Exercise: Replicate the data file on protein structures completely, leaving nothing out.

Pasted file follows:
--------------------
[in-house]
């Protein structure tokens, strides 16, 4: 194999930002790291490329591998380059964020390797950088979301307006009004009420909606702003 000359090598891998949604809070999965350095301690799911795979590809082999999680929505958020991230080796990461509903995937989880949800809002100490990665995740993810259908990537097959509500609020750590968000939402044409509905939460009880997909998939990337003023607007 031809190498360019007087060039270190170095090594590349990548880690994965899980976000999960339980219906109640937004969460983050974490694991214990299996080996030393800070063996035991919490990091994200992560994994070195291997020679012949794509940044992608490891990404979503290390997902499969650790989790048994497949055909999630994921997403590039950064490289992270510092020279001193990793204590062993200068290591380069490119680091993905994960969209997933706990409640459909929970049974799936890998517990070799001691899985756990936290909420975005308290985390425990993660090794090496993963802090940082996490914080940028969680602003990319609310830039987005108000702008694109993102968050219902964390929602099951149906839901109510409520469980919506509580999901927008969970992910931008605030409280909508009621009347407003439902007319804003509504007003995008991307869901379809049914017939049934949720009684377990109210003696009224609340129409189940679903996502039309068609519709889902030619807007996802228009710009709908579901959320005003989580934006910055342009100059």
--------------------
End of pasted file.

[in-house]
């Protein structure tokens, strides 16, 4: 194999930002790291490329591998380059964020390797950088979301307006009004009420909606702003 000359090598891998949604809070999965350095301690799911795979590809082999999680929505958020991230080796990461509903995937989880949800809002100490990665995740993810259908990537097959509500609020750590968000939402044409509905939460009880997909998939990337003023607007 031809190498360019007087060039270190170095090594590349990548880690994965899980976000999960339980219906109640937004969460983050974490694991214990299996080996030393800070063996035991919490990091994200992560994994070195291997020679012949794509940044992608490891990404979503290390997902499969650790989790048994497949055909999630994921997403590039950064490289992270510092020279001193990793204590062993200068290591380069490119680091993905994960969209997933706990409640459909929970049974799936890998517990070799001691899985756990936290909420975005308290985390425990993660090794090496993963802090940082996490914080940028969680602003990319609310830039987005108000702008694109993102968050219902964390929602099951149906839901109510409520469980919506509580999901927008969970992910931008605030409280909508009621009347407003439902007319804003509504007003995008991307869901379809049914017939049934949720009684377990109210003696009224609340129409189940679903996502039309068609519709889902030619807007996802228009710009709908579901959320005003989580934006910055342009100059």